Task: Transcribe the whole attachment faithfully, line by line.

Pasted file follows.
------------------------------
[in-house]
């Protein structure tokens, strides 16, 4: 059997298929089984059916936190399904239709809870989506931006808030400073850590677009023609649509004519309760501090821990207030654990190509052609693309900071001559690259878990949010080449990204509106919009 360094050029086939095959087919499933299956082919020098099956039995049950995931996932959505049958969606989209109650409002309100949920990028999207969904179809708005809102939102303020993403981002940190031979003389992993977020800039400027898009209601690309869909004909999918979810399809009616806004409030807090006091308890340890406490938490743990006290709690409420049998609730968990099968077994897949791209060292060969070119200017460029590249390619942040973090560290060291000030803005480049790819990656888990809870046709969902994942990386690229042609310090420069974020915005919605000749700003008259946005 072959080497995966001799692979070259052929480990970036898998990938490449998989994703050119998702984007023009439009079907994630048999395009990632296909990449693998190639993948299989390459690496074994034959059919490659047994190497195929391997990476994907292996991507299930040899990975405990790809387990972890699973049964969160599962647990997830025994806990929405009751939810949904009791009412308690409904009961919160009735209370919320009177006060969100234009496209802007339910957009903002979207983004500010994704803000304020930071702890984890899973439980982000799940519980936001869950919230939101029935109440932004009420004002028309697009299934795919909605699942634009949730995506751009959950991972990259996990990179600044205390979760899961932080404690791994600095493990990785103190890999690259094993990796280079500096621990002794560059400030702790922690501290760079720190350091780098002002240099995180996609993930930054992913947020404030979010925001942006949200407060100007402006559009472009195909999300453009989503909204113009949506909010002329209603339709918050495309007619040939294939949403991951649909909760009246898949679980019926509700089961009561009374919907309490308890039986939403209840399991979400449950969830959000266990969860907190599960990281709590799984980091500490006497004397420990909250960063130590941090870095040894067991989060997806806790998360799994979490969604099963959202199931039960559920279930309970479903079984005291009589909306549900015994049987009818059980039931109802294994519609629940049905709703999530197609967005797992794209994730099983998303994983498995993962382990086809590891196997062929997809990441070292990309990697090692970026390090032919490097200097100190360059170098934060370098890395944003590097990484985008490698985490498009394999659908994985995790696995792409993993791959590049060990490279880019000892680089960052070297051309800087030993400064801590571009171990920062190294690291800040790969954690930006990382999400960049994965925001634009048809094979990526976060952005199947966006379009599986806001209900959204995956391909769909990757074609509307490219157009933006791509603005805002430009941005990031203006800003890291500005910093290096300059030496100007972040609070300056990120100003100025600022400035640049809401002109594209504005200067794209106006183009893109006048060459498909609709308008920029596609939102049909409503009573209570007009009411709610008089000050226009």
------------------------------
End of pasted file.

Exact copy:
[in-house]
């Protein structure tokens, strides 16, 4: 059997298929089984059916936190399904239709809870989506931006808030400073850590677009023609649509004519309760501090821990207030654990190509052609693309900071001559690259878990949010080449990204509106919009 360094050029086939095959087919499933299956082919020098099956039995049950995931996932959505049958969606989209109650409002309100949920990028999207969904179809708005809102939102303020993403981002940190031979003389992993977020800039400027898009209601690309869909004909999918979810399809009616806004409030807090006091308890340890406490938490743990006290709690409420049998609730968990099968077994897949791209060292060969070119200017460029590249390619942040973090560290060291000030803005480049790819990656888990809870046709969902994942990386690229042609310090420069974020915005919605000749700003008259946005 072959080497995966001799692979070259052929480990970036898998990938490449998989994703050119998702984007023009439009079907994630048999395009990632296909990449693998190639993948299989390459690496074994034959059919490659047994190497195929391997990476994907292996991507299930040899990975405990790809387990972890699973049964969160599962647990997830025994806990929405009751939810949904009791009412308690409904009961919160009735209370919320009177006060969100234009496209802007339910957009903002979207983004500010994704803000304020930071702890984890899973439980982000799940519980936001869950919230939101029935109440932004009420004002028309697009299934795919909605699942634009949730995506751009959950991972990259996990990179600044205390979760899961932080404690791994600095493990990785103190890999690259094993990796280079500096621990002794560059400030702790922690501290760079720190350091780098002002240099995180996609993930930054992913947020404030979010925001942006949200407060100007402006559009472009195909999300453009989503909204113009949506909010002329209603339709918050495309007619040939294939949403991951649909909760009246898949679980019926509700089961009561009374919907309490308890039986939403209840399991979400449950969830959000266990969860907190599960990281709590799984980091500490006497004397420990909250960063130590941090870095040894067991989060997806806790998360799994979490969604099963959202199931039960559920279930309970479903079984005291009589909306549900015994049987009818059980039931109802294994519609629940049905709703999530197609967005797992794209994730099983998303994983498995993962382990086809590891196997062929997809990441070292990309990697090692970026390090032919490097200097100190360059170098934060370098890395944003590097990484985008490698985490498009394999659908994985995790696995792409993993791959590049060990490279880019000892680089960052070297051309800087030993400064801590571009171990920062190294690291800040790969954690930006990382999400960049994965925001634009048809094979990526976060952005199947966006379009599986806001209900959204995956391909769909990757074609509307490219157009933006791509603005805002430009941005990031203006800003890291500005910093290096300059030496100007972040609070300056990120100003100025600022400035640049809401002109594209504005200067794209106006183009893109006048060459498909609709308008920029596609939102049909409503009573209570007009009411709610008089000050226009």